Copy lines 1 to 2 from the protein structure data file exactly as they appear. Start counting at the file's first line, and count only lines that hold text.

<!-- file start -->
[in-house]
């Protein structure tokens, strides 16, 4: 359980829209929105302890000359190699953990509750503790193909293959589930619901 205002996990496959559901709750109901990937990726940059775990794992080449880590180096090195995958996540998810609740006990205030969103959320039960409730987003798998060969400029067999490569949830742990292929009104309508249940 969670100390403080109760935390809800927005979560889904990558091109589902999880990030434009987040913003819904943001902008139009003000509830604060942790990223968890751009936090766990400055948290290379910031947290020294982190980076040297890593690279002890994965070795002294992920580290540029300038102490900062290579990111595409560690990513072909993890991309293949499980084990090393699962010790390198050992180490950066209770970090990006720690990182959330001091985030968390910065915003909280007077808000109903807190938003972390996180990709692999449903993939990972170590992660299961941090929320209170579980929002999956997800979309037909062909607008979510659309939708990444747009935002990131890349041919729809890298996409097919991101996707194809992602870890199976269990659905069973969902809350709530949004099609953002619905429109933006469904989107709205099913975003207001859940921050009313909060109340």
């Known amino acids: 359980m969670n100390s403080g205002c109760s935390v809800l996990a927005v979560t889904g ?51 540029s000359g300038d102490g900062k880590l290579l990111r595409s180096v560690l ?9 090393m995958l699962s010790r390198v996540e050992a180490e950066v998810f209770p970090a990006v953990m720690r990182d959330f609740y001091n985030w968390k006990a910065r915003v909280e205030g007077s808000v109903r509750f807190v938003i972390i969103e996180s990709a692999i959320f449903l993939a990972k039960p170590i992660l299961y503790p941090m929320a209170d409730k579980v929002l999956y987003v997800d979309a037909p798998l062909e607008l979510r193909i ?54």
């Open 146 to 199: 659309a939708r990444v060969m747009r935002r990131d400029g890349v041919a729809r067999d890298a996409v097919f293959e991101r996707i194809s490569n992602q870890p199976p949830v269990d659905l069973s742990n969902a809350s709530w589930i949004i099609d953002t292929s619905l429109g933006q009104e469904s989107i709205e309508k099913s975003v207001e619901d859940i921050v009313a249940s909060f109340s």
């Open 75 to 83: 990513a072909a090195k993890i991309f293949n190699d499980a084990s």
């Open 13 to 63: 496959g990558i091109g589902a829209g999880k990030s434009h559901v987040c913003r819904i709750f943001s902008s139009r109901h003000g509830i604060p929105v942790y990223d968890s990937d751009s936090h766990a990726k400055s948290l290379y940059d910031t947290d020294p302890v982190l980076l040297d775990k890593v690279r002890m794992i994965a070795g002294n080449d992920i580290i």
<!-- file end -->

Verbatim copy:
[in-house]
């Protein structure tokens, strides 16, 4: 359980829209929105302890000359190699953990509750503790193909293959589930619901 205002996990496959559901709750109901990937990726940059775990794992080449880590180096090195995958996540998810609740006990205030969103959320039960409730987003798998060969400029067999490569949830742990292929009104309508249940 969670100390403080109760935390809800927005979560889904990558091109589902999880990030434009987040913003819904943001902008139009003000509830604060942790990223968890751009936090766990400055948290290379910031947290020294982190980076040297890593690279002890994965070795002294992920580290540029300038102490900062290579990111595409560690990513072909993890991309293949499980084990090393699962010790390198050992180490950066209770970090990006720690990182959330001091985030968390910065915003909280007077808000109903807190938003972390996180990709692999449903993939990972170590992660299961941090929320209170579980929002999956997800979309037909062909607008979510659309939708990444747009935002990131890349041919729809890298996409097919991101996707194809992602870890199976269990659905069973969902809350709530949004099609953002619905429109933006469904989107709205099913975003207001859940921050009313909060109340």